"During development and stabilisation of an update, we use all our engagement programs to identify and fix issues that often only emerge in real life settings," Fortin wrote. "We also continue automated and manual testing, as do our partners across the ecosystem.
"We compare quality to previous flights and releases based on all the feedback tools available to us including Feedback Hub and social media. When we are confident in the user update experience, we begin to cautiously release a feature update to our customers."
During that rollout process, Fortin added, the company attempts to use both automated telemetry, social media, as well as the Feedback Hub to identify problems.
In certain cases, Microsoft will identify a certain group of users with a "bad experience," and block similar machines from the update until it's resolved.
Microsoft claimed that the April 2018 Update was among the best Windows releases ever. That's due to two metrics, Fortin wrote: the decreased volume of support calls and chats, indicative of fewer customer problems; and what's called a Net Promoter Score, where users are asked to rate their Windows experiences.
The April Update received the highest Net Promoter Ranking of any version of Windows 10, he said.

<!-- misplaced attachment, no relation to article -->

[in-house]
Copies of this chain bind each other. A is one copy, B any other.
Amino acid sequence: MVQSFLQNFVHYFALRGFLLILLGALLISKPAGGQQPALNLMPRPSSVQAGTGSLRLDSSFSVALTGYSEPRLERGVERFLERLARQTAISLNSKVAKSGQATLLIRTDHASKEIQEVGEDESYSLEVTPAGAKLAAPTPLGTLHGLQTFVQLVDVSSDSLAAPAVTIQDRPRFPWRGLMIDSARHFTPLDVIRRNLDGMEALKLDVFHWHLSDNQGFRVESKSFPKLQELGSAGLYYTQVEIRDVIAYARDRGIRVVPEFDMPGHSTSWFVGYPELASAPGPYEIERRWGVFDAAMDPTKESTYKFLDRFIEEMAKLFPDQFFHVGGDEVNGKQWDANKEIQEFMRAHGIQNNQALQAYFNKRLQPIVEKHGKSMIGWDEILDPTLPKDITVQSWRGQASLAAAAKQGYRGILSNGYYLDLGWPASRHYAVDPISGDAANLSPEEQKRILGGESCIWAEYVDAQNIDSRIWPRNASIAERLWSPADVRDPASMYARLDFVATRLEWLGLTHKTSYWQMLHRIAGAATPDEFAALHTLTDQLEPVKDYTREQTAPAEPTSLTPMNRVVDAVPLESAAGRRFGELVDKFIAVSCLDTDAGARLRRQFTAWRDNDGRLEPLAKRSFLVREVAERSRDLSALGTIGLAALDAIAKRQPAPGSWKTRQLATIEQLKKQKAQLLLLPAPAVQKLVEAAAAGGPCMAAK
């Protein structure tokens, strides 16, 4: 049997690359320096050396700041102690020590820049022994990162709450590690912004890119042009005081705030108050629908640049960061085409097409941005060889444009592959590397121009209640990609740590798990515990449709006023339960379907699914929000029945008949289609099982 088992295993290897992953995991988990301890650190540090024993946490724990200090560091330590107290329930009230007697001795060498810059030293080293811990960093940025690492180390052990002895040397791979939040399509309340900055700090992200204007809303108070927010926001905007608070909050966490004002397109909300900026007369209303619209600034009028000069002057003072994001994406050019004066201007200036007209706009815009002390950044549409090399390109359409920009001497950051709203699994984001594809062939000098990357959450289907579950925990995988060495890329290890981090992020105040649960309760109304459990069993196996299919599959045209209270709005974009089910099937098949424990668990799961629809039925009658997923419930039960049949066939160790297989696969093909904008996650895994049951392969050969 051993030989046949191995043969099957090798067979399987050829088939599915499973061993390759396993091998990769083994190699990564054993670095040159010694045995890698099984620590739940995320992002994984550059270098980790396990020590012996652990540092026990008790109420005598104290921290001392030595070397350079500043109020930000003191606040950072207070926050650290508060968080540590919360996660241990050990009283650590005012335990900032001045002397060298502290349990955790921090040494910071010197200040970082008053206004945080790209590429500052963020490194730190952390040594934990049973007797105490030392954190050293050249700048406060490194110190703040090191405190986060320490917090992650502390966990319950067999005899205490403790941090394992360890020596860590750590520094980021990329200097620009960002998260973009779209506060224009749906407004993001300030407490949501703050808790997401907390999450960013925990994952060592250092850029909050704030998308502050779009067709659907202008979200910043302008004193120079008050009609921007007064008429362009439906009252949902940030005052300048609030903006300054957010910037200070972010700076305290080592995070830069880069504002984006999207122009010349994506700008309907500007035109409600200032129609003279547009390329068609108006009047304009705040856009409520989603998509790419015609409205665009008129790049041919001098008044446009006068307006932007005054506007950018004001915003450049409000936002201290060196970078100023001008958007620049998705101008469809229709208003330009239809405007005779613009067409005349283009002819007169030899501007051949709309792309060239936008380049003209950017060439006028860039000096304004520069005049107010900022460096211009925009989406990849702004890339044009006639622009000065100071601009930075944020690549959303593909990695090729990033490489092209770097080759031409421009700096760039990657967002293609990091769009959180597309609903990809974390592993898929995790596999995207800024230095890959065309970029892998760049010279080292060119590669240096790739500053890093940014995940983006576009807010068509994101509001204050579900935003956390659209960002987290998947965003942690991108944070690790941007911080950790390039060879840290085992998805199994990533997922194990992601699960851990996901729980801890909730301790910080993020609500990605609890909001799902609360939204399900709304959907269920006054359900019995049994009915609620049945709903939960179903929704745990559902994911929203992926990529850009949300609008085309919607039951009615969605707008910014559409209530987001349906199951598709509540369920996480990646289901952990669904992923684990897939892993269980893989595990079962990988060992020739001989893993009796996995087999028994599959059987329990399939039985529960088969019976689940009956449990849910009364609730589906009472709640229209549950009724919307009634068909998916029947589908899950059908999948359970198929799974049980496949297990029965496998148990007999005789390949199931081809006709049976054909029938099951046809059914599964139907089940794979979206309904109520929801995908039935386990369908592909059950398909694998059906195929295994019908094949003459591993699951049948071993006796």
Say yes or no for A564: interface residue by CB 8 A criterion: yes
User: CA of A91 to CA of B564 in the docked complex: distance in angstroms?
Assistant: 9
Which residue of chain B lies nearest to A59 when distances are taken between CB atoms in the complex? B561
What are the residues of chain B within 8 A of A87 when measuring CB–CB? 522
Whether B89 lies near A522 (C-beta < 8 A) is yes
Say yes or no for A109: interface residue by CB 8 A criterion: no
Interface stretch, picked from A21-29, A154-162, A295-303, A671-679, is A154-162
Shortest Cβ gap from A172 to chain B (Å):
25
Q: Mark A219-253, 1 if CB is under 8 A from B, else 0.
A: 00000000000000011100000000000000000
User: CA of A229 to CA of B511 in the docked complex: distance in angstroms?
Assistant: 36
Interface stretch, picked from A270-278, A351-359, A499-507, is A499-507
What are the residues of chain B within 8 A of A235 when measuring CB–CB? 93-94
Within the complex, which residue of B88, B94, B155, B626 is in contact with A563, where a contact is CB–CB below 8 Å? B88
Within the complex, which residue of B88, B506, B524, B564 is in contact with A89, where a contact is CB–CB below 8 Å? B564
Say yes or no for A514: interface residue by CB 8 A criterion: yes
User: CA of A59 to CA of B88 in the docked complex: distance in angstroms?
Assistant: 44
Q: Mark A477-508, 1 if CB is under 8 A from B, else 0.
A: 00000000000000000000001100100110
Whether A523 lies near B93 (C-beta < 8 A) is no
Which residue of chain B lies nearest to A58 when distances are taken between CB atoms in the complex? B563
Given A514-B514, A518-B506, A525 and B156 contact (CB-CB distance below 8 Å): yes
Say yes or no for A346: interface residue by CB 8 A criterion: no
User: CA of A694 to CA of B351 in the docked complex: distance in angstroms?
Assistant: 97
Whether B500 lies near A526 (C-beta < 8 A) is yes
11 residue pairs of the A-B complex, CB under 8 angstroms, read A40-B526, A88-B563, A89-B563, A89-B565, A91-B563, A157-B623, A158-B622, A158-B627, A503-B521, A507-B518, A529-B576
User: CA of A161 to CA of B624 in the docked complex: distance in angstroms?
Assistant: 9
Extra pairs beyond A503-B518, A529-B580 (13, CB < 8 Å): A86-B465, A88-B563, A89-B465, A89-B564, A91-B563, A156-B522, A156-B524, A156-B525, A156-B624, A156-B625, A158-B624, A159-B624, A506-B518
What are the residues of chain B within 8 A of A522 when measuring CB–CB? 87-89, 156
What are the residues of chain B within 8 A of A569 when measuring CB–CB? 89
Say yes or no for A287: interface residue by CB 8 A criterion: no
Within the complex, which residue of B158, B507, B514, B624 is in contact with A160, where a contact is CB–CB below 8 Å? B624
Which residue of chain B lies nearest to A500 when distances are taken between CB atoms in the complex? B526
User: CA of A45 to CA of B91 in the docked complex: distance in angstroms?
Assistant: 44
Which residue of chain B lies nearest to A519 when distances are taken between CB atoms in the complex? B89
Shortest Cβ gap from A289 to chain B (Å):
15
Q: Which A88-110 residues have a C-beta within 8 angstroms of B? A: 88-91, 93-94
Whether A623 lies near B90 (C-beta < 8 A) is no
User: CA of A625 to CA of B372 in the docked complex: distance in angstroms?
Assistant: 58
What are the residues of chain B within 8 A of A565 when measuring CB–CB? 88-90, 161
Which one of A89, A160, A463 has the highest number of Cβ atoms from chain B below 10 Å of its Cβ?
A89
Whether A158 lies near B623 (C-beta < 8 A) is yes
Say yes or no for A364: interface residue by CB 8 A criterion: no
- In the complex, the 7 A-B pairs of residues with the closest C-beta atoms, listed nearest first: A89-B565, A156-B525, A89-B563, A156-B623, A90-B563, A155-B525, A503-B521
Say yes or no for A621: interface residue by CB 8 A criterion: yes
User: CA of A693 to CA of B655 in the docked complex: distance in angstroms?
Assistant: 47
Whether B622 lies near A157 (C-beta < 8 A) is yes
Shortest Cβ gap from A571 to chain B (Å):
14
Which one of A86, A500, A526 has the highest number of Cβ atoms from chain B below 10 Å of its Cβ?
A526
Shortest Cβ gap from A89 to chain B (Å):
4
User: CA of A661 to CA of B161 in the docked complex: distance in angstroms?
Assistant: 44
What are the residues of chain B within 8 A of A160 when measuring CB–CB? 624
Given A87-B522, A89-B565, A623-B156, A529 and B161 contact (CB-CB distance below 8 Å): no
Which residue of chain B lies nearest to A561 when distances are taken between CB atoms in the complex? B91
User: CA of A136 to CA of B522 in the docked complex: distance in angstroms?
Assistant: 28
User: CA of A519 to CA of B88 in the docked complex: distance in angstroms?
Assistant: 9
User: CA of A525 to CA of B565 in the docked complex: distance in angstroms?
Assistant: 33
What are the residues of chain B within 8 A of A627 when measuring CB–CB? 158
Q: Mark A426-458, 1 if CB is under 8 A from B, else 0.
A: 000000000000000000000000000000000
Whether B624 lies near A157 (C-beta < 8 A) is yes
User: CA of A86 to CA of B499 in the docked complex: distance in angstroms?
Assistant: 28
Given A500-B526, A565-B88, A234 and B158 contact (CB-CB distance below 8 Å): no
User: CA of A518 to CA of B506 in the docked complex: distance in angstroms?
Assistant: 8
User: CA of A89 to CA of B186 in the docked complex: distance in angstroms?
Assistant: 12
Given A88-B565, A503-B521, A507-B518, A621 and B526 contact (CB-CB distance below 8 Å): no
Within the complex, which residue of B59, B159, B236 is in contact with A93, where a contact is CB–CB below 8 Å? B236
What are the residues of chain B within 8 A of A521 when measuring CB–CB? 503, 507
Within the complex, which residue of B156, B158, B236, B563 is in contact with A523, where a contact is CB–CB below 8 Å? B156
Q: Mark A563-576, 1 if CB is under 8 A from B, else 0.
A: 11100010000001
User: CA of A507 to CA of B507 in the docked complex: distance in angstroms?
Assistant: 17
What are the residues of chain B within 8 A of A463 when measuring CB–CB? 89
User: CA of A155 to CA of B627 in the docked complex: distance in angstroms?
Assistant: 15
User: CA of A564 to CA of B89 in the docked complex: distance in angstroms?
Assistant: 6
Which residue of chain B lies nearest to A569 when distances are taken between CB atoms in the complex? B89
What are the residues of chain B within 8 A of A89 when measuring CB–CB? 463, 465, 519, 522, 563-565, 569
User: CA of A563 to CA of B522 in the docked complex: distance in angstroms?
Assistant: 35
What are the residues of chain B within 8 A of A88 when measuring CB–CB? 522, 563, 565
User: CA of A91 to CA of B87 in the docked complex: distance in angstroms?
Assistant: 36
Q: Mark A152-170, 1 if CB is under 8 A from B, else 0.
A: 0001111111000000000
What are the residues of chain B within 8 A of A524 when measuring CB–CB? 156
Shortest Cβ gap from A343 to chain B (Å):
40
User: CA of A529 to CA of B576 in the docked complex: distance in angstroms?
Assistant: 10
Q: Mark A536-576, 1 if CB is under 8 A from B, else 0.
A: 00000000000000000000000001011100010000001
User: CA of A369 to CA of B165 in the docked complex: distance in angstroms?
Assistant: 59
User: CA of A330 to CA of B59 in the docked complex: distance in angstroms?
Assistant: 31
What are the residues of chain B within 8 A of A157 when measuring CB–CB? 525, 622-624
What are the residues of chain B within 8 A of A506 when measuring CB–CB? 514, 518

What Microsoft hasn't done, Fortin admitted, was to be more open about how it tests, and what it's doing to protect users. That will change, he promised.
"While we do see positive trends, we also hear clearly the voices of our users who are facing frustrating issues, and we pledge to do more," Fortin wrote.
"We will up our effort to improve our ability to prevent issues and our ability to respond quickly and openly when issues do arise."
What this means for you: Microsoft's response is twofold: First, the company needs to do a better job of communicating with its customers; and second, the system worked—well, sort of. Insiders did their job in reporting the KFR bugs, but Microsoft failed to pick up on them. The company hopes the new Feedback Hub tools will alleviate the latter problem.
Ironically, The Windows 10 October 2018 Update was supposed to be a yawner, with unexciting improvements and minor new features. The bugs and delays mean it will forever have an asterisk attached.